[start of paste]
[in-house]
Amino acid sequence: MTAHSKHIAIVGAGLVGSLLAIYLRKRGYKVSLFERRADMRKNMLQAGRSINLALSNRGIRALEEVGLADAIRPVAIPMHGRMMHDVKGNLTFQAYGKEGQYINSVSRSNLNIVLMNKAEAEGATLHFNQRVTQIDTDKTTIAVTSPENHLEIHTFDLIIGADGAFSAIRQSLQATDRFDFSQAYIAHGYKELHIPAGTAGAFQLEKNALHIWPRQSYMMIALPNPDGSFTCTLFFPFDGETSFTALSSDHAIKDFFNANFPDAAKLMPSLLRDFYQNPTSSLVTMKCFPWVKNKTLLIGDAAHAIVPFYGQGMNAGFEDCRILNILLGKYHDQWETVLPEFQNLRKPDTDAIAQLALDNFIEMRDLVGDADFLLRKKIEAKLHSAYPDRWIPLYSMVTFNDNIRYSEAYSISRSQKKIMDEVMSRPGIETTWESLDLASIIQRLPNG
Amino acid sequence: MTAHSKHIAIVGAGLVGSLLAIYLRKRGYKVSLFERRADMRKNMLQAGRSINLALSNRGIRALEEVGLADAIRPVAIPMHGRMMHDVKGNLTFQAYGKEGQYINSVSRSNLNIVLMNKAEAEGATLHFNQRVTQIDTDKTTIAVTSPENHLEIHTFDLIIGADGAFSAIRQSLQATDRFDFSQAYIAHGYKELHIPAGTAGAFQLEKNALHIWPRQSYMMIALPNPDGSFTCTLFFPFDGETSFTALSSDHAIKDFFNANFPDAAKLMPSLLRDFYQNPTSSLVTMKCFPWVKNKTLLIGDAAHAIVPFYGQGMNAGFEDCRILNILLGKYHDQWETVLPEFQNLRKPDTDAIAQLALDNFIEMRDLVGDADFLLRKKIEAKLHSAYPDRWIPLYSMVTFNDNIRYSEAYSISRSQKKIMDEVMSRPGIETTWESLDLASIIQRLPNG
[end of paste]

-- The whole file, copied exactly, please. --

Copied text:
[in-house]
Amino acid sequence: MTAHSKHIAIVGAGLVGSLLAIYLRKRGYKVSLFERRADMRKNMLQAGRSINLALSNRGIRALEEVGLADAIRPVAIPMHGRMMHDVKGNLTFQAYGKEGQYINSVSRSNLNIVLMNKAEAEGATLHFNQRVTQIDTDKTTIAVTSPENHLEIHTFDLIIGADGAFSAIRQSLQATDRFDFSQAYIAHGYKELHIPAGTAGAFQLEKNALHIWPRQSYMMIALPNPDGSFTCTLFFPFDGETSFTALSSDHAIKDFFNANFPDAAKLMPSLLRDFYQNPTSSLVTMKCFPWVKNKTLLIGDAAHAIVPFYGQGMNAGFEDCRILNILLGKYHDQWETVLPEFQNLRKPDTDAIAQLALDNFIEMRDLVGDADFLLRKKIEAKLHSAYPDRWIPLYSMVTFNDNIRYSEAYSISRSQKKIMDEVMSRPGIETTWESLDLASIIQRLPNG
Amino acid sequence: MTAHSKHIAIVGAGLVGSLLAIYLRKRGYKVSLFERRADMRKNMLQAGRSINLALSNRGIRALEEVGLADAIRPVAIPMHGRMMHDVKGNLTFQAYGKEGQYINSVSRSNLNIVLMNKAEAEGATLHFNQRVTQIDTDKTTIAVTSPENHLEIHTFDLIIGADGAFSAIRQSLQATDRFDFSQAYIAHGYKELHIPAGTAGAFQLEKNALHIWPRQSYMMIALPNPDGSFTCTLFFPFDGETSFTALSSDHAIKDFFNANFPDAAKLMPSLLRDFYQNPTSSLVTMKCFPWVKNKTLLIGDAAHAIVPFYGQGMNAGFEDCRILNILLGKYHDQWETVLPEFQNLRKPDTDAIAQLALDNFIEMRDLVGDADFLLRKKIEAKLHSAYPDRWIPLYSMVTFNDNIRYSEAYSISRSQKKIMDEVMSRPGIETTWESLDLASIIQRLPNG